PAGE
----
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e-Democracy: Citizen engagement and evaluation

Introduction

Democracy assumes participation of ordinary citizens, yet for many years the majority of people in representative democracies have not participated in political arenas much beyond casting their vote occasionally at elections. However, ideas about representative democracy are changing. Those who govern now realise they can do so more effectively when conscious of the needs and attitudes of those they govern. Having acknowledged public scepticism and cynicism about politics -- evidenced in annually decreasing turn-out at elections and growing dissatisfaction with democratic authorities -- many governments in representative democracies world-wide are attempting to develop new philosophies suited to modern society, mass communications, and more discerning life-styles. In attempting to increase transparency and democratic accountability, many are turning to contemporary ICTs to modernise and change the way their administrations work. In addition, they are attempting to bring citizens on-line to prepare them for living and working in the Information Society. Importantly, there is widespread support for new forms of citizen agency and a more committed and active public to exercise power and participate more fully in the routine process of government. Active citizenship is regarded by the OECD (2001: 11) as: "a relation based on partnership with government, in which citizens actively engage in defining the process and content of policy-making."

Political support for increased citizen participation is supported by the arrival of ICT capable of widening public interaction. The concept of e-democracy -- i.e. the relationship between democracy, the public and new ICTs -- has been described in two distinct ways. The first, stemming from communism and socialism (Held, 1996), and often associated with more populist approaches, suggests the role of ICT is to support direct or plebiscitary forms of democracy, where the sum of individual opinion provides indication of the common will (Foster, 2001). According to Held (1996), the justification for this model is that the free development of all can only be achieved with the free development of each. A key demand is for Governments and politics to give way to self-regulation. The second typology, drawing from different models of democracy and considered appropriate to address demands in modern representative democracies, is concerned with the role of ICT in supporting stronger forms of democracy (Barber, 1984), affording citizens roughly equal opportunity to be involved in political progress (Sclove, 1995: 37) and offering opportunities for more participatory democracy (Held, 1996), and wider and more direct citizen deliberation (Friedland, 1996; Coleman, 1999; Coleman, 2001). The philosophical case for this model supports a reciprocal relationship between democratic processes and democratic structures, endeavouring to support rather than constrain people's freedom.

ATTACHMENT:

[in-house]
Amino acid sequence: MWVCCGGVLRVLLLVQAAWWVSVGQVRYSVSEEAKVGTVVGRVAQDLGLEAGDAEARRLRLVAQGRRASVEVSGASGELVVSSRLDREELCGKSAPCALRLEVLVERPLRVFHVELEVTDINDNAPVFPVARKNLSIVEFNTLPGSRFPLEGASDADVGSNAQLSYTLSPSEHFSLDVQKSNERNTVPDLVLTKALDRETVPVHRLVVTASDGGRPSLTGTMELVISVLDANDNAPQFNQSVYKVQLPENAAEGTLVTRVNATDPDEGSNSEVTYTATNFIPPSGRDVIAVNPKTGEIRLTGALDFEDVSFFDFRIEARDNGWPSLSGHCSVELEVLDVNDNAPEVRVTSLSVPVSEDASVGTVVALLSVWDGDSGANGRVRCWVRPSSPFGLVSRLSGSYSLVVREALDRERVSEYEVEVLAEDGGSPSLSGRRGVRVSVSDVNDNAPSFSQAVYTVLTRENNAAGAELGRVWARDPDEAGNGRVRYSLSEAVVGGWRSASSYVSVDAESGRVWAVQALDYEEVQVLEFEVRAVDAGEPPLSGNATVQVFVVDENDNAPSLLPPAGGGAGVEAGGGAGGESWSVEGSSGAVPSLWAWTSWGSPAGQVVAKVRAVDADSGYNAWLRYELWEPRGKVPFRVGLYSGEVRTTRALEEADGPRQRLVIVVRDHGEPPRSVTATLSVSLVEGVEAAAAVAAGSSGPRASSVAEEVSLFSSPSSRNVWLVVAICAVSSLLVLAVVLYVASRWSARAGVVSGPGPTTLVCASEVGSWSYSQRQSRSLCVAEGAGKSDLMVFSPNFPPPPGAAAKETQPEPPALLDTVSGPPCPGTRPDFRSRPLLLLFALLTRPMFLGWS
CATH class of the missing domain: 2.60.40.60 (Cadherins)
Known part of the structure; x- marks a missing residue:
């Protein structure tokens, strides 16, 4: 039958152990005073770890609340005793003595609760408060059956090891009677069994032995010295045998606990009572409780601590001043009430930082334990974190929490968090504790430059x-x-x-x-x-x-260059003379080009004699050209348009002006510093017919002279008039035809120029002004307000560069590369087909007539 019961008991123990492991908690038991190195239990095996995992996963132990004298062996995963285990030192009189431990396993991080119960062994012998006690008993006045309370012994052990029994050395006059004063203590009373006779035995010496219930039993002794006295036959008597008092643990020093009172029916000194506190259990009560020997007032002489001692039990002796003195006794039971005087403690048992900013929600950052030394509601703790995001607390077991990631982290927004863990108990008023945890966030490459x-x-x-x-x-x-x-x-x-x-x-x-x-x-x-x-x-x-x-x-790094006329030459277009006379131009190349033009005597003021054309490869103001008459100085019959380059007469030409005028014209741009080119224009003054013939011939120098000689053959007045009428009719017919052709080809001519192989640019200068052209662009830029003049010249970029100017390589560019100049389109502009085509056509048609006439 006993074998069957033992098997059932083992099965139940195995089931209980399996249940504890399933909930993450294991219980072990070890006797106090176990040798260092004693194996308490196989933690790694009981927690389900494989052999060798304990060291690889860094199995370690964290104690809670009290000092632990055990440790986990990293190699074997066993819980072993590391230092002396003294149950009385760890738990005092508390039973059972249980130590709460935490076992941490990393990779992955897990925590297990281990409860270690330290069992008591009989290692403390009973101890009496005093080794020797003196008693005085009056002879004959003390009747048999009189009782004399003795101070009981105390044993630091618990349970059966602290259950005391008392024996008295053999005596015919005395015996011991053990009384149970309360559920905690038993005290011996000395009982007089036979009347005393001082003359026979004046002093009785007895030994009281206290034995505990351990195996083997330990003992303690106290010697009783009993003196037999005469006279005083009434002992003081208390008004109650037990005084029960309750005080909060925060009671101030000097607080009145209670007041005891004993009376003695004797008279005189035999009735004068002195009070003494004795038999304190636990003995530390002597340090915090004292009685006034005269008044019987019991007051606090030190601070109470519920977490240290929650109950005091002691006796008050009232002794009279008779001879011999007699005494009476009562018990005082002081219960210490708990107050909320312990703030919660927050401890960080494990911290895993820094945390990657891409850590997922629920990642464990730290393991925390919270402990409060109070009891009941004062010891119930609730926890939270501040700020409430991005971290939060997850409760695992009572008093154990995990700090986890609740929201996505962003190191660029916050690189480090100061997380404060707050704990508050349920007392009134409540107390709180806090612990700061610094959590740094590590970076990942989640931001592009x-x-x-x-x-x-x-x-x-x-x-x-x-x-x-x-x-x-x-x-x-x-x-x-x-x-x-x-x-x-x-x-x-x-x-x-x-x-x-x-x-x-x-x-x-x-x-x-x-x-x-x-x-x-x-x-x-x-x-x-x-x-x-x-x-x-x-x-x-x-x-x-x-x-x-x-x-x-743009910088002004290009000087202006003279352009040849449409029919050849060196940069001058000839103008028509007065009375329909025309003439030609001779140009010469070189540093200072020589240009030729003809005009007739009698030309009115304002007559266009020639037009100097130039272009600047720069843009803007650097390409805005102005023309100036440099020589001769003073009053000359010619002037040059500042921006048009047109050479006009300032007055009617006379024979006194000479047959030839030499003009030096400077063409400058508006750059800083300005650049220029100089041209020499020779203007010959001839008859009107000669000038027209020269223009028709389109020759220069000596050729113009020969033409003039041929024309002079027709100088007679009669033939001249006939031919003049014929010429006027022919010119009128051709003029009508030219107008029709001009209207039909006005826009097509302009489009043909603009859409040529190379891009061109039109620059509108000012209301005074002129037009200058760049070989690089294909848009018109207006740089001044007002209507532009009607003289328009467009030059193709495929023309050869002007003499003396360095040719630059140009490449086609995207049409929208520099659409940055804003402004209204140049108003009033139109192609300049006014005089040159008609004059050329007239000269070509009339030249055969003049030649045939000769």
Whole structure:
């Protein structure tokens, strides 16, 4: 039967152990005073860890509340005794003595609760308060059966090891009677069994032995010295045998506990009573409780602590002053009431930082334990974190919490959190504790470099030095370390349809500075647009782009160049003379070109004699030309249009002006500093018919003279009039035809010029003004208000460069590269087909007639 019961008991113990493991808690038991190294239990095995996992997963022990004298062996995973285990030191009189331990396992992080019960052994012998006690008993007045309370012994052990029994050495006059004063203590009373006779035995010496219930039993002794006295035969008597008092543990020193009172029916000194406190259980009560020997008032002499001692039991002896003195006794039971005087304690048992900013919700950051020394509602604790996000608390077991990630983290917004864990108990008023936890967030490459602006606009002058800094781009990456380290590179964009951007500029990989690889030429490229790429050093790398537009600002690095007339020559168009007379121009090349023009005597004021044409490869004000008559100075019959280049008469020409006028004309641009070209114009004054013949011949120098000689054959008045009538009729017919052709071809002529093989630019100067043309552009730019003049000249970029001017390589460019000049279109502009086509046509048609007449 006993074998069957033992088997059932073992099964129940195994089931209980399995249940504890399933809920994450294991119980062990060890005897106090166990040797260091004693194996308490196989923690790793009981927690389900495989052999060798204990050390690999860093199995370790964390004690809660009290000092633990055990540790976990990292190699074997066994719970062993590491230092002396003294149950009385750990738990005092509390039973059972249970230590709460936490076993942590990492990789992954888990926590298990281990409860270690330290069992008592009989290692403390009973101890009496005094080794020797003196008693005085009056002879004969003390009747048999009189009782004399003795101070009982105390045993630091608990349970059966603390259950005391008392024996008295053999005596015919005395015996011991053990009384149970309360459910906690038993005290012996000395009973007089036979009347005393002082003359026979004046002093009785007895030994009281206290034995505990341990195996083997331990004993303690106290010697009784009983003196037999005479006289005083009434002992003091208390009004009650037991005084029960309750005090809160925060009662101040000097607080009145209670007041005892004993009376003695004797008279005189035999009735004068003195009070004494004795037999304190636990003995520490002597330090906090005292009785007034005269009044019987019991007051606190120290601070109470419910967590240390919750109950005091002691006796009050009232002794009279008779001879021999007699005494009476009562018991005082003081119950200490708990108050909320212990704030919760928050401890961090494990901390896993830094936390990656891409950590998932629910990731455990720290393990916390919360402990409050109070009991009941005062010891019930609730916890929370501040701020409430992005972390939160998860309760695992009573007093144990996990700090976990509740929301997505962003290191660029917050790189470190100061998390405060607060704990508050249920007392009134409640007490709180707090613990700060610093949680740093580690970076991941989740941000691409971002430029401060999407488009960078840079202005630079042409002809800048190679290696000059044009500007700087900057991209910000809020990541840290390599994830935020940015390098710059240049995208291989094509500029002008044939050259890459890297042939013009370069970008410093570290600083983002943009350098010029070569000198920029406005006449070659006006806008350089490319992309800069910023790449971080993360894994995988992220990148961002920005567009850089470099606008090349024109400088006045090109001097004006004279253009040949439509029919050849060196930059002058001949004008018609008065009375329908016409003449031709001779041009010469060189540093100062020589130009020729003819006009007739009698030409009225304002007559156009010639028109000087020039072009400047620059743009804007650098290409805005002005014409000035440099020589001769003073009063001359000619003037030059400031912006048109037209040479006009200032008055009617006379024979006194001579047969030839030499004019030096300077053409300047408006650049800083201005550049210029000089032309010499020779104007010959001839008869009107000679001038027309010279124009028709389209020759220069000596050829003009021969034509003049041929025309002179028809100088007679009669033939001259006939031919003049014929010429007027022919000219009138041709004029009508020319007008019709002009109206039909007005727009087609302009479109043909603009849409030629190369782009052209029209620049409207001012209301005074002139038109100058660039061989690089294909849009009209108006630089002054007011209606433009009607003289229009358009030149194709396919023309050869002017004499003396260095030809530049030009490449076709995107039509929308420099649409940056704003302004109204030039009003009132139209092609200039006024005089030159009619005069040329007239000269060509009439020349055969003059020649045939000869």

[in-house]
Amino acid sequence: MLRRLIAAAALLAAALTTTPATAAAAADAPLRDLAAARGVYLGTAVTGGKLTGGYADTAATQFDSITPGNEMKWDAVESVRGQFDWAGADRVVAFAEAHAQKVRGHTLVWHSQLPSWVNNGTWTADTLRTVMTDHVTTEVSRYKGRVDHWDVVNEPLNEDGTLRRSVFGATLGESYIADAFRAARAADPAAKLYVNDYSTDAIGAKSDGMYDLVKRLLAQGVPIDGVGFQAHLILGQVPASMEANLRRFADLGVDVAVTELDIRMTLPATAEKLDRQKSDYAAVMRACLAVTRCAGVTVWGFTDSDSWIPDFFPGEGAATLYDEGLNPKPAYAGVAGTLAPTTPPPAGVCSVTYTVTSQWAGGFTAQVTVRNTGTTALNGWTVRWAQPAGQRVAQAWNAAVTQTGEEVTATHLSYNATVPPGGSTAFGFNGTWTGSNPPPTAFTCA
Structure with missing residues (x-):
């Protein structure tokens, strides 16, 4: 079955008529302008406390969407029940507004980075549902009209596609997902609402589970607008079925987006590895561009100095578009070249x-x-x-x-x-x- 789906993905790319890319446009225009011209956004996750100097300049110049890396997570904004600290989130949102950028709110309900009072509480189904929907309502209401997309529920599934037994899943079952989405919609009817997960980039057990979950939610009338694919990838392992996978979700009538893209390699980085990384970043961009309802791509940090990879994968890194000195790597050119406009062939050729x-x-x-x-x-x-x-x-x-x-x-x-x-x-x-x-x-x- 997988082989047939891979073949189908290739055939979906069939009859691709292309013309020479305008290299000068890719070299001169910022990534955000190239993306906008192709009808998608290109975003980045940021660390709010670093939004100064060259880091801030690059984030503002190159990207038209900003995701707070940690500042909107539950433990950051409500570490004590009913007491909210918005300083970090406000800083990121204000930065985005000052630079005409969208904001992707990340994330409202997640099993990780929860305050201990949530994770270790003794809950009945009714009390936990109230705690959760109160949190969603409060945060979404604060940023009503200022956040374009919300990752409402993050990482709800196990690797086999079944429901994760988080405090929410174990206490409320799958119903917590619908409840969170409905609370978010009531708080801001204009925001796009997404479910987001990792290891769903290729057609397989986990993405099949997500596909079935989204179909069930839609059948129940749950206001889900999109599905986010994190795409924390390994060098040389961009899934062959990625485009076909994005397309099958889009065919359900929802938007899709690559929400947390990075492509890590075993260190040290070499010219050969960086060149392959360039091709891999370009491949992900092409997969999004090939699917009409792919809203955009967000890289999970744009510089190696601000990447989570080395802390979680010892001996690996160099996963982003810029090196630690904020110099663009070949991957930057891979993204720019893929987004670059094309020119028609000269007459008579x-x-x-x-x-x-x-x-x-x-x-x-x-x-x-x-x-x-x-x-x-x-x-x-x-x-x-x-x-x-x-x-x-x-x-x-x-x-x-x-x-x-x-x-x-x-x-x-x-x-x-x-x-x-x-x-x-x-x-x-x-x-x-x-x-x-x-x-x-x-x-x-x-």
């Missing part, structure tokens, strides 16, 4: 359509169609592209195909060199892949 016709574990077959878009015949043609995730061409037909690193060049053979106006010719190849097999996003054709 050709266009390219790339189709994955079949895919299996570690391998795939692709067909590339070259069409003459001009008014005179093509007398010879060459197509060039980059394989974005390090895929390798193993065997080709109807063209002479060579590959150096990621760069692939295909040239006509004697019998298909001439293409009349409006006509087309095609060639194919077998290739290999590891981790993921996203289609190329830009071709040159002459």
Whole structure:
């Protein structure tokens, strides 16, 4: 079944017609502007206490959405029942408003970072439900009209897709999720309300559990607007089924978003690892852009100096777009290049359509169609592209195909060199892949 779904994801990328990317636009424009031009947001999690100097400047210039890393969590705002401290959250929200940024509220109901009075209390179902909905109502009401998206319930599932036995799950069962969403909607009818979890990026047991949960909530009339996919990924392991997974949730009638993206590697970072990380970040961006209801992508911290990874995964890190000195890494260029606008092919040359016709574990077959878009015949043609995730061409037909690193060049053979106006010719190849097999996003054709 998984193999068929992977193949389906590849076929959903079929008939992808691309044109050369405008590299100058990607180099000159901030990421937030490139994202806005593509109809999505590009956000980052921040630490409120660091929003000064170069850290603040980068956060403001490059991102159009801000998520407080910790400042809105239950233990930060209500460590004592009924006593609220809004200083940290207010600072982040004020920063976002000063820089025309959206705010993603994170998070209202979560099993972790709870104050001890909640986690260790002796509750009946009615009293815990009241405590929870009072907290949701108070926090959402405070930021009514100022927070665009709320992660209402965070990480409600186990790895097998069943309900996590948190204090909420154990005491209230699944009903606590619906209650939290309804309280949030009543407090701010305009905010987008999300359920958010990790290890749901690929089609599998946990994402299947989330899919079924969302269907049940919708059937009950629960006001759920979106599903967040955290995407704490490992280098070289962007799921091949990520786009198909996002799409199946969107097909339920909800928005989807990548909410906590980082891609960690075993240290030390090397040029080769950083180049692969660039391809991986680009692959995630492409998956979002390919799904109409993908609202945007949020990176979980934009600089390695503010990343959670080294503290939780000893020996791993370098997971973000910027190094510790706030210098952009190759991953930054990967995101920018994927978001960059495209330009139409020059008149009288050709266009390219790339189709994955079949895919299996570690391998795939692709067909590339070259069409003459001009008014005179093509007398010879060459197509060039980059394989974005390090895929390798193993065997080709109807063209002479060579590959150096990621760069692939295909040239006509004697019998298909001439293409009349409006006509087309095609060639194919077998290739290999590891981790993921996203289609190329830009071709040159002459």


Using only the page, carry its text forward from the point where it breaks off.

The latter typology portraying possibilities for broader interrelationships between ICT and society are central in this chapter. With this in mind, we discuss how possibilities for more interactive participation through electronic petitioning (e-petitioning) in Scotland can begin to foster effective participation with citizens having the opportunity to help set the political agenda. Reference is made to a study conducted by the International Teledemocracy Centre to monitor and evaluate e-petitioner, an online tool designed to support the Public Petitions Committee of the Scottish Parliament in their intention to open up the Parliament to petitioning by ordinary members of the public, and so increase possibilities of including public opinions in parliamentary workflow. With reference to current political interest in integrating public opinion to make policy processes in representative democracy more participatory, we then consider how public opinion gathered through reasoned interaction -- using new ICT and non-technological methods of communication -- is significant in policy decision-making, and to what extent the actual impact is being monitored and evaluated.

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